AZURITE (Copper Carbonate) crystal from M,Cissi, Er Rachidia, Morocco. A large vein of drusy azurite crystals.
Copper (Cu) is one of a few elements occurring natively as a mineral. It has a specific gravity of 8.9 and a hardness of 2.5-3. It is reddish, orangish, and/or brown in colour when fresh, but usually forms a black or green tarnish in air. The green tarnish may be called patina or vertigris and is in fact copper (ii) carbonate.
Copper was one of the first metals to be used by humanity, predated only by gold (another native element) and iron from meteors. While humanity may have been first introduced to copper as a native element, the majority of copper we use is from copper sulphides (in particular, chalcopyrite and less frequently chalcocite), as deposits of those minerals are far more abundant than native copper deposits. In fact, native copper deposits are so depleted their only real use is as mineralogical specimens or ornamental pieces.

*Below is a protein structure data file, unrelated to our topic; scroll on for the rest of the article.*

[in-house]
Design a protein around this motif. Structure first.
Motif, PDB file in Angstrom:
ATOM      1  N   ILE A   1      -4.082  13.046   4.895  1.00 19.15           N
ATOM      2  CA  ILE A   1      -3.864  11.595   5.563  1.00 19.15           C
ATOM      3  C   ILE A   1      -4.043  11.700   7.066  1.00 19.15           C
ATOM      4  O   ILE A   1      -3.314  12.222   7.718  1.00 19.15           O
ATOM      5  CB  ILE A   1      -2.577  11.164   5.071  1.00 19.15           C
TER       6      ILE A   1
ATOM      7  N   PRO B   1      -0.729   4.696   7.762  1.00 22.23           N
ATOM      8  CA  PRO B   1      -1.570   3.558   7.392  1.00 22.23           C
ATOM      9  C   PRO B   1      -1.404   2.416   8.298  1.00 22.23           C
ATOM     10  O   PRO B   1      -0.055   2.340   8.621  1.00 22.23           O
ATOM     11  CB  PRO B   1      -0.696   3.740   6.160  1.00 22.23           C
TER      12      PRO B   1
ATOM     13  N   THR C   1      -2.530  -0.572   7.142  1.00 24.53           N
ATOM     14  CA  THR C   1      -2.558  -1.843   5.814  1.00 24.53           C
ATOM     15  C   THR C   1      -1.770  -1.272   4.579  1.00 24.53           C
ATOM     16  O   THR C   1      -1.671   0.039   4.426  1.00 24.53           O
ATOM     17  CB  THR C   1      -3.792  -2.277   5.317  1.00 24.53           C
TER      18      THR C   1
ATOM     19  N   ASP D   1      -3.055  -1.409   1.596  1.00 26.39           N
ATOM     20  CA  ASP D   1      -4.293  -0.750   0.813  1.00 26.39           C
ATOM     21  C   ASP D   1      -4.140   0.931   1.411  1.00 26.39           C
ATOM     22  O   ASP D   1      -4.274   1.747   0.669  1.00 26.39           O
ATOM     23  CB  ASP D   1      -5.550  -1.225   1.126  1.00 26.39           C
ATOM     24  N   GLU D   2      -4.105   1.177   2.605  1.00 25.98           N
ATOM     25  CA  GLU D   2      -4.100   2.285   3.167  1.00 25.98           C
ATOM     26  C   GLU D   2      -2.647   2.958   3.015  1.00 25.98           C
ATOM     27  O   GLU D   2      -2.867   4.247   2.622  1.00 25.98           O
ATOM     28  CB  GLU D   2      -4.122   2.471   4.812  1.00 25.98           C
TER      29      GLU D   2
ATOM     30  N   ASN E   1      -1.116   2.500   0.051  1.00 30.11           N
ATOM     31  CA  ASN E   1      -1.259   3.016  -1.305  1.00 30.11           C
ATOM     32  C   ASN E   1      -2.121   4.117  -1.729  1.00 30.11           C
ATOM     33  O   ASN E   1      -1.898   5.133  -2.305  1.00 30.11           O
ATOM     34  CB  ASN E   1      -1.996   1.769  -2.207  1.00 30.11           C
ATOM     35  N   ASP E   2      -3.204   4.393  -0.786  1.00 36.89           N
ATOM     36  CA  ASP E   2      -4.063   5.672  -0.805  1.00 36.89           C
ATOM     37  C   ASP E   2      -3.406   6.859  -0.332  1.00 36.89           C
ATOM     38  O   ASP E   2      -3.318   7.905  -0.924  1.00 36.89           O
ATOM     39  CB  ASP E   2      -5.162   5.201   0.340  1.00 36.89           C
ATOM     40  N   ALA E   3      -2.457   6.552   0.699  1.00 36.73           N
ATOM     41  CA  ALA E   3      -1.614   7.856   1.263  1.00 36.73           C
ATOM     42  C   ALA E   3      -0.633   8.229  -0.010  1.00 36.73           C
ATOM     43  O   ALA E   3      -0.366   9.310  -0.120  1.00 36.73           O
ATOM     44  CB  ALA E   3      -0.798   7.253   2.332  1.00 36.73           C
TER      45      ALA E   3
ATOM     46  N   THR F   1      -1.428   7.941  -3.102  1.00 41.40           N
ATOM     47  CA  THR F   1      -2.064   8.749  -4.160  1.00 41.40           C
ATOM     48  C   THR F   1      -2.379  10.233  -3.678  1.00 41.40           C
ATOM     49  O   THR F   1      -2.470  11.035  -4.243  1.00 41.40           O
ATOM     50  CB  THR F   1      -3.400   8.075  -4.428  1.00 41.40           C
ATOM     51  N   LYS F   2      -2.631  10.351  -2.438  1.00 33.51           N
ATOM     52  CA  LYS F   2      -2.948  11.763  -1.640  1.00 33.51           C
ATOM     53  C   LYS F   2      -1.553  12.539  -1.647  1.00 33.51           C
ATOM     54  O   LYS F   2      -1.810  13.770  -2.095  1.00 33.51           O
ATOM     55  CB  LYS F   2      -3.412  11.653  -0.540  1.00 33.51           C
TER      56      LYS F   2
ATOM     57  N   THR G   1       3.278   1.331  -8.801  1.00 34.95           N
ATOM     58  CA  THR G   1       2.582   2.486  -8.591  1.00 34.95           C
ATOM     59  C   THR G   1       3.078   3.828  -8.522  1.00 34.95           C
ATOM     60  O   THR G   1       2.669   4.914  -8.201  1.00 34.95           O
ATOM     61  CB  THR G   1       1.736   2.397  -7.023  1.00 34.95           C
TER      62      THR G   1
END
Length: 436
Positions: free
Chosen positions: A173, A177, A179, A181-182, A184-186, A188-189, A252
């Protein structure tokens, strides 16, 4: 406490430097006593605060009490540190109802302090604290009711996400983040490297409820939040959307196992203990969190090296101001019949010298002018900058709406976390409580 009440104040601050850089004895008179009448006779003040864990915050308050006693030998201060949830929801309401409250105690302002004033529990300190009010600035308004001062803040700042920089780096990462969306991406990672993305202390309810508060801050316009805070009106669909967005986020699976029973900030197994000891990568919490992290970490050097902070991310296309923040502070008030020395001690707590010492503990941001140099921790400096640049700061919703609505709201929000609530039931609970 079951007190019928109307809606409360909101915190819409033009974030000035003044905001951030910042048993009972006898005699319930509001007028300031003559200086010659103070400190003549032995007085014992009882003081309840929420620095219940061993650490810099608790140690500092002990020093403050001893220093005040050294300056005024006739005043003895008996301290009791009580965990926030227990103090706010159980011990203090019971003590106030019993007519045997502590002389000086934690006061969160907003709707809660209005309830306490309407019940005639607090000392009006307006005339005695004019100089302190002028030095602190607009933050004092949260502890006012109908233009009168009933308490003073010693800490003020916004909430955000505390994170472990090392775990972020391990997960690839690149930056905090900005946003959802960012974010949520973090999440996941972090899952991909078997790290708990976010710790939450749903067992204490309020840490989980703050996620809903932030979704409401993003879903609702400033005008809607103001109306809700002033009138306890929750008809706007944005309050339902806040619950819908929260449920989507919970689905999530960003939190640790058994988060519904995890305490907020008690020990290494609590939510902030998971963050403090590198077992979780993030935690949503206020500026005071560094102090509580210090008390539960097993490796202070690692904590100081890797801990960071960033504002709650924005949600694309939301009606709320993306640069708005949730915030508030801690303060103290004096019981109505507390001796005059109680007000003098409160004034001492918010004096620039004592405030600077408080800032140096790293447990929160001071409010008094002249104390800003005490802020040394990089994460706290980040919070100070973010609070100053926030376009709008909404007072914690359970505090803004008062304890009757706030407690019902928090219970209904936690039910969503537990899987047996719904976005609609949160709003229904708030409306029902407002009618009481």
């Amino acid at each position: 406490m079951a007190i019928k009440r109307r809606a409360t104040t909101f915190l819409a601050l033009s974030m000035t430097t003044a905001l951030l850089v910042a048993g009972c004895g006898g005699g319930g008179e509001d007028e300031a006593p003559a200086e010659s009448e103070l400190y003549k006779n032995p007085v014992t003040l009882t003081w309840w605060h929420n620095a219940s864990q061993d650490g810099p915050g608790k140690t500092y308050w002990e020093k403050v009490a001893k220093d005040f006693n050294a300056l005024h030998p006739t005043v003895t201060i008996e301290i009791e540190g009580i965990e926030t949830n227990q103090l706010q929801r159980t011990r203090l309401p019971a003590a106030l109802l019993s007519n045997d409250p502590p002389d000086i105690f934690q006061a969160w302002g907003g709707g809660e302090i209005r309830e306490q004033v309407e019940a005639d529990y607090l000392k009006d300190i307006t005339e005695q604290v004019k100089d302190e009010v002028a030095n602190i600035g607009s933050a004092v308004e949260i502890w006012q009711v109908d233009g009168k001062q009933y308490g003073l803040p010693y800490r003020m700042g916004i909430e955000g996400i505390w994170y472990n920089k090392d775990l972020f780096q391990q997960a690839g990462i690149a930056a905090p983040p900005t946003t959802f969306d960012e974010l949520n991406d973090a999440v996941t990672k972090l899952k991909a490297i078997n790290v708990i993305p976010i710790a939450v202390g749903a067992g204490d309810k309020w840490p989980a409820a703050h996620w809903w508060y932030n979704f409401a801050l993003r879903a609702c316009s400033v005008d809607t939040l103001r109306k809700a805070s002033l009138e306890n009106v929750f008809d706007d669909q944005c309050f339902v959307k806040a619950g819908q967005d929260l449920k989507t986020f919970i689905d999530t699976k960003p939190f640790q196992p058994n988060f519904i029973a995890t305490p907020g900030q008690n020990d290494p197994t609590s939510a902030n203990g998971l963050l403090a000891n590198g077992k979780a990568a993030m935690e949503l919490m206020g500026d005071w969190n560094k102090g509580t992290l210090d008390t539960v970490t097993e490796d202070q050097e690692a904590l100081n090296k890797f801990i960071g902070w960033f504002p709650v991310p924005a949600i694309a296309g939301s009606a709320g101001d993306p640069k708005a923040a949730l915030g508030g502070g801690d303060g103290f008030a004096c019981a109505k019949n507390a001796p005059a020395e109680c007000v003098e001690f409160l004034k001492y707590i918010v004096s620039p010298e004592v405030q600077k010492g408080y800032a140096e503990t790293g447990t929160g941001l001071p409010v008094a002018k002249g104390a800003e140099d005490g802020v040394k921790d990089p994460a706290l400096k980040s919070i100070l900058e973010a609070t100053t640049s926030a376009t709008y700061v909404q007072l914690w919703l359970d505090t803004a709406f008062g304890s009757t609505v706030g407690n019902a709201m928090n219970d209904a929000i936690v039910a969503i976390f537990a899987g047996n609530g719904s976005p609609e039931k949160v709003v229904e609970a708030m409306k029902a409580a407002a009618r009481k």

Native copper usually occurs with sulphide copper deposits, in basalts, sedimentary rocks, and very occasionally in meteorites. It forms crystals, which may be cubic, dodecahedra, or tetrahexahedra, but it is more common to see native copper in aborescent, branching, or wiry habits. Copper is malleable (can be hammered flat without breaking), ductile (can be drawn into a wire), and sectile (can be cut into pieces).
Interestingly, copper is biostatic, meaning that bacteria cannot grow on it. It is also generally antimicrobial and it and a number of its alloys can kill a number of viruses and funguses in addition to a large amount of bacterial species. When applied to the hull of a ship, it prevents marine organisms such as barnacles and mussels from attaching to the hull.
Image 1: Native Copper on calcite by Parent Gery. Locality not given. Public domain, retrieved from Commons.
Image 2: Native Copper from Lake Superior, Michigan, USA, by Didier Descouens. Via Wikimedia Commons.